Back in 2016, she appointed 13 Cabinet secretaries to join her in government, plus 15 junior ministers and a couple of law officers thrown in for good measure. Five years on however and it’s expected that she will reduce the senior minister numbers to just eight, as the election saw many experienced SNP MSPs retire from frontline politics, though there could be an expansion among the junior positions.
Four Cabinet secretaries including Health Secretary, Jeane Freeman, Environment Secretary Roseanna Cunningham, Constitution Secretary, Mike Russell, and Communities Secretary Aileen Campbell, have all stood down, and while the SNP has returned 64 MSPs, many are either completely new to Holyrood or have never had even a sniff of a ministerial portfolio.
Gender balance will also be an issue for the First Minister, and retaining that could reduce her reshuffle options.
Filling Mike Russell’s shoes will be the biggest challenge given the focus which will be placed on securing a second independence referendum by halfway through the parliamentary term as the SNP said it would in its manifesto. The role is most likely to go to loyalist Angus Robertson – former leader of the SNP group in Westminster and already being suggested as a potential future SNP leader – after he secured his place in Holyrood winning the Edinburgh Central seat from the Conservatives.
He would be able to bring his Westminster experience to bear on the fraught discussions ahead, and leave Nicola Sturgeon free to deal with the pandemic.
Jeane Freeman’s retiral has left a hole in health, one that will need to be filled rapidly to deal with the ongoing impact of Covid. Noises suggest that Kate Forbes – another tipped, by Nicola Sturgeon no less as a potential future leader – could be given the role to “humanise” her. A very astute young politician she stepped into the finance role at a moment’s notice to deliver a budget after shamed former MSP Derek Mackay left in a hurry, and is roundly thought to have handled the brief with aplomb. Taking on the health brief would allow her to run a major Cabinet office and almost literally follow in the footsteps of Ms Sturgeon.
One party source said: “Kate has shown her competence but she needs to have a brief that has a bigger direct impact on people’s lives if she really is to progress and the NHS is the biggest opportunity she will have in showing a different, more human side of herself, rather than hiding among numbers.”
If she is moved, John Swinney could find himself shuffled back into his comfort zone of finance – with the Economy (including rural economy) and Fair Work also added back to that role, as well as remaining Nicola Sturgeon’s depute FM.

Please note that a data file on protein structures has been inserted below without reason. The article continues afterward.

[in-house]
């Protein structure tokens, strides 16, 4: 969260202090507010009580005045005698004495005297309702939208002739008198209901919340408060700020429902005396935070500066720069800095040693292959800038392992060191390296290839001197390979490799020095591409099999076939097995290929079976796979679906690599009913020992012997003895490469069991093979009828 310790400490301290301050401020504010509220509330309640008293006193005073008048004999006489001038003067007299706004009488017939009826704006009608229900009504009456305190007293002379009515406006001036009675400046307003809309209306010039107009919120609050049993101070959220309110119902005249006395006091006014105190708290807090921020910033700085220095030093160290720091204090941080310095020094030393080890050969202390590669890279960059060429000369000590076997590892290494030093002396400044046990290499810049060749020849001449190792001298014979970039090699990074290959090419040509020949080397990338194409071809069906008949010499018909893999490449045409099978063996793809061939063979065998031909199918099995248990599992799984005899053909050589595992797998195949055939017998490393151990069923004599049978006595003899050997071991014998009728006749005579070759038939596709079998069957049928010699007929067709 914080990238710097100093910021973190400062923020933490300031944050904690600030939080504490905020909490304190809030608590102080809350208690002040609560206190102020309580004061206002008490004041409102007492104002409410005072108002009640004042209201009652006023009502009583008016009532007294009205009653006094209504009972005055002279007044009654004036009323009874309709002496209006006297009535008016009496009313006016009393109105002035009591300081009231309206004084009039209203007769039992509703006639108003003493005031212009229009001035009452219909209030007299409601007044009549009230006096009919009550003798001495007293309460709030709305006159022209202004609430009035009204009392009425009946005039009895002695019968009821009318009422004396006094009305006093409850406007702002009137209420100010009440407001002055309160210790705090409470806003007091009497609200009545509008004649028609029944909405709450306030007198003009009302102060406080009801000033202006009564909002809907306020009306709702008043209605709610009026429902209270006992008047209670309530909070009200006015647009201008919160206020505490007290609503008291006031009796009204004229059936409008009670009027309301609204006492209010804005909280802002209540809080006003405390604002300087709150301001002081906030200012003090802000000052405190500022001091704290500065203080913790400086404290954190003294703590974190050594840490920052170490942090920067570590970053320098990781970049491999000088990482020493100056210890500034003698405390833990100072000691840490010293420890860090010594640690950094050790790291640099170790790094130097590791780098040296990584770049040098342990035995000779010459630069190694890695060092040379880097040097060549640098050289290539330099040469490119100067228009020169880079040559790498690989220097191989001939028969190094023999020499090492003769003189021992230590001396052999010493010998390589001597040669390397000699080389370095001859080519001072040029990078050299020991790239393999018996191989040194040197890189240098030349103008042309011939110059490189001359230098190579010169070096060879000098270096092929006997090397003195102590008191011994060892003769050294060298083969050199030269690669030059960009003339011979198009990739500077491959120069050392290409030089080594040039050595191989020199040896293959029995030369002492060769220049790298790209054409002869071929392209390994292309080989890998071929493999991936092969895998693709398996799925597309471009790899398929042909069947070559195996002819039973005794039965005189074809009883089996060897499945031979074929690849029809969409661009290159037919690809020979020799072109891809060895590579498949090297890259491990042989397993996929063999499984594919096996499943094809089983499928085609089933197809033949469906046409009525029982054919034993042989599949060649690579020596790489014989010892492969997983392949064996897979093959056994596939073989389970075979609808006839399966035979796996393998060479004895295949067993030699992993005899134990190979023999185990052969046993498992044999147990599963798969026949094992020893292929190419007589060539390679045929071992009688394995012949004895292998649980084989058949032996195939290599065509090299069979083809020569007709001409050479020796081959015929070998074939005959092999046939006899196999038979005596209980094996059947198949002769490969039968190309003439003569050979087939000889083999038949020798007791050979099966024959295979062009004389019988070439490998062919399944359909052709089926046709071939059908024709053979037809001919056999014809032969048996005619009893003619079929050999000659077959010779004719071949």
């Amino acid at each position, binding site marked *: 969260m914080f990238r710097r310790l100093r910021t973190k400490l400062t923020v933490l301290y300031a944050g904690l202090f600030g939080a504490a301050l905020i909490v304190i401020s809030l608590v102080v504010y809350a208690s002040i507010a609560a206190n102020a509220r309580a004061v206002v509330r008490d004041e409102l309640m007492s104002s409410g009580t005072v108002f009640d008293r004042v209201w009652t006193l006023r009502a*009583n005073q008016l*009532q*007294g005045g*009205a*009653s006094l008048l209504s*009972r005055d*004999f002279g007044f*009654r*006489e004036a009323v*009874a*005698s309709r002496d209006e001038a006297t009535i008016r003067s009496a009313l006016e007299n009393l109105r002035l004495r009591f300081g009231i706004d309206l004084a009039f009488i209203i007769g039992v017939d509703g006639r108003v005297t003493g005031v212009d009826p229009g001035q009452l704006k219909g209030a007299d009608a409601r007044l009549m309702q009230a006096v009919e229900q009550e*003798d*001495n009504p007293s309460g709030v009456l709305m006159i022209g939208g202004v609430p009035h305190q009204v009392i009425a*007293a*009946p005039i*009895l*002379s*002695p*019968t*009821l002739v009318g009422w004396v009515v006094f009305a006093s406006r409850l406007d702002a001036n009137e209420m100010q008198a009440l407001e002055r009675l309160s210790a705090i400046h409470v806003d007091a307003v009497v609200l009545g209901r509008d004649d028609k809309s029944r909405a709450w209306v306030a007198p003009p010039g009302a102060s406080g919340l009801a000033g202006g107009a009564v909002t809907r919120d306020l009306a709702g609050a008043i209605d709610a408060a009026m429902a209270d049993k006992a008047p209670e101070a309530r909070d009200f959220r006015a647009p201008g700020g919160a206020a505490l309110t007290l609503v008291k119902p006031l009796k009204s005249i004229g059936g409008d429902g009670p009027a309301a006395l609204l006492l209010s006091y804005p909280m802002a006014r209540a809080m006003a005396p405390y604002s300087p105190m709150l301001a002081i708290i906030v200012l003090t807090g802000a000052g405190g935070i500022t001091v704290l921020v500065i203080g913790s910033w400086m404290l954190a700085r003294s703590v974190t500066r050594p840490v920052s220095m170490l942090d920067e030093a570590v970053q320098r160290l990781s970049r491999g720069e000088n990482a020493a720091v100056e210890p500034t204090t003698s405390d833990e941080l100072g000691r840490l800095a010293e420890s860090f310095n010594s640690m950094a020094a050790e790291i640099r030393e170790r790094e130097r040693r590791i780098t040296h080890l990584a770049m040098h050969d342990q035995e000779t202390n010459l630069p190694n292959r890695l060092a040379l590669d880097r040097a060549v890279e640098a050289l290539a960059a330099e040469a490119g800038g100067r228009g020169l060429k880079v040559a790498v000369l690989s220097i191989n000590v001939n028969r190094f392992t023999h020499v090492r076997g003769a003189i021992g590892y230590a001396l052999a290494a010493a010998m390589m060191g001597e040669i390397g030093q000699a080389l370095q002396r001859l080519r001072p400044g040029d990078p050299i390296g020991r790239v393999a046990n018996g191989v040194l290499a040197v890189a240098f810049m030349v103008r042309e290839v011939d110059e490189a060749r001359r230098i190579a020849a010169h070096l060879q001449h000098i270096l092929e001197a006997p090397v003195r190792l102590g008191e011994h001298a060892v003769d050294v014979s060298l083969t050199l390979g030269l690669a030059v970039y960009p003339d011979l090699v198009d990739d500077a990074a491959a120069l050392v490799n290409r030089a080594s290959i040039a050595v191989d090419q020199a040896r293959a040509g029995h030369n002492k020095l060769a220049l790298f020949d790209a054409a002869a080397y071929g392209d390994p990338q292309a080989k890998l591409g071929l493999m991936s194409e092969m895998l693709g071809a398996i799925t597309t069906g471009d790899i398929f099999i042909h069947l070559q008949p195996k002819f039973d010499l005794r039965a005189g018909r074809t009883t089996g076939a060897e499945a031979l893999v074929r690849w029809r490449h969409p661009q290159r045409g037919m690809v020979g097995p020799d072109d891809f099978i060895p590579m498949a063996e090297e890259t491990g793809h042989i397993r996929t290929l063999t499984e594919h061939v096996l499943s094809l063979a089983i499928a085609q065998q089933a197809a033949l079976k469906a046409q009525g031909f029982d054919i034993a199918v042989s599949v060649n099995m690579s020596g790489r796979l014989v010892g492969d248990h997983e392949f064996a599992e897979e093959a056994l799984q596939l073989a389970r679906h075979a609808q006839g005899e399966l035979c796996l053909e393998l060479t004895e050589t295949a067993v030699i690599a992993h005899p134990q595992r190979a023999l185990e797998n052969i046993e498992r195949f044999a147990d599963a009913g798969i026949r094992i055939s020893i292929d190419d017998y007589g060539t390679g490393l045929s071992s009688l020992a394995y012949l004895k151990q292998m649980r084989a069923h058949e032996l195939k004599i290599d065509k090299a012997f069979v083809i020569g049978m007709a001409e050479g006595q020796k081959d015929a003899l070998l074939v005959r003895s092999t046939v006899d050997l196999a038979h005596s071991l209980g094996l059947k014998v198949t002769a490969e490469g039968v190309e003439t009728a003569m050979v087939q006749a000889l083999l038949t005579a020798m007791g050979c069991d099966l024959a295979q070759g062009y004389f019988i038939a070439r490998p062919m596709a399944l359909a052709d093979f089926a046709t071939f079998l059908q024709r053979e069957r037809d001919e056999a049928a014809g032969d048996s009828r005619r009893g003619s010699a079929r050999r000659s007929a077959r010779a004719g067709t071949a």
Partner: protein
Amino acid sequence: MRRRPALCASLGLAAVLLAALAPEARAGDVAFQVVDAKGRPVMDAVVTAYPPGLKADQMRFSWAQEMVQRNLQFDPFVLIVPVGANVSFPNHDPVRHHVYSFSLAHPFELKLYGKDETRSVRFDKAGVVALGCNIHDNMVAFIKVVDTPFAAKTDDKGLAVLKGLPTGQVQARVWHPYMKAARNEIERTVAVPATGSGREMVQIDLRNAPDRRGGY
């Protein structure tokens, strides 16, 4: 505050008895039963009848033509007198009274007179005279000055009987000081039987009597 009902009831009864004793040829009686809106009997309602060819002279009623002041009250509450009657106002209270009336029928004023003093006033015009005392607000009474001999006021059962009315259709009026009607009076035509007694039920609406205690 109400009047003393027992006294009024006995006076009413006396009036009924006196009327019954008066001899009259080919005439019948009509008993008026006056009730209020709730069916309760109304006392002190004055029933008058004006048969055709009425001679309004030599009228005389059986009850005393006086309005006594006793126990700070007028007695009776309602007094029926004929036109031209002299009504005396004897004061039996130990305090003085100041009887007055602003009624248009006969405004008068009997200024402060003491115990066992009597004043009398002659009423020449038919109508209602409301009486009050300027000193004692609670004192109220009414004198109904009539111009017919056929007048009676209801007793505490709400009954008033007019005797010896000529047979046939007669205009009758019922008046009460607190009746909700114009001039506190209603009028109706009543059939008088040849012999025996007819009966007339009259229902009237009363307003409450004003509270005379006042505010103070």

It’s been widely accepted that he has not handled the education brief well, and indeed has faced two votes of no confidence in parliament. With a reportedly problematic OECD report into Scotland’s education to be published shortly and a row over this year’s qualification results dead ahead, it could well fall to someone else less tainted by last year’s debacle.
A suggestion that former teacher Jenny Gilruth could be catapulted into the education brief is not being completely dismissed by party insiders, however she is known to want to stay in her junior ministerial role in international development and migration. Similarly Maree Todd as Children’s Minister still has to see her plans to expand childcare reach fruition. Education then could fall to Shirley-Anne Somerville who previously held a junior ministerial role in further and higher education and who may well want out of her social security and equalities brief as she has not enjoyed handling the row around proposed changes to the Gender Reform Act.
However, as an SNP insider pointed out “John won’t want to leave education feeling the job is not finished. He feels the weight of responsibility of the role, especially the promise to close the attainment gap, and he may well not want to leave.”
If Mr Swinney does refuse to budge, the finance and economy role could fall to Humza Yousaf, another MSP looked upon by Nicola Sturgeon as a potential successor. Currently Justice Secretary, he successfully steered the Hate Crime Bill through Holyrood, and has also held the transport brief in the past, but she may well want to test him further.
That could also be done by making him front the environment and climate crisis brief, another hugely significant role in the year of COP26, and one which could also take in transport and tourism for a more cohesive approach.
Both Fiona Hyslop and Fergus Ewing will expect to remain in the Cabinet but the latter may not get his way. Indeed some party sources say that Ms Sturgeon may prefer to have more women than men in her next Cabinet. That could mean Ms Hyslop taking on the justice role while Shirley-Anne Somerville, if not moved to education, being awarded the communities brief, including local government, to add to her social security responsibilities. Though the junior ministerial role of equalities and older people would likely remain with Christina McKelvie.
Even more left-field, some in the party suggest that Ms Somerville may end up moved back to a junior post, with Shona Robison brought back into Cabinet, to take on the Communities brief.
Back in 2016 it took a month after Nicola Sturgeon was appointed First Minister for her Cabinet to be reshuffled, this time round with a pandemic to deal with – and a referendum to demand – it’s far more likely the appointments will be made much more quickly.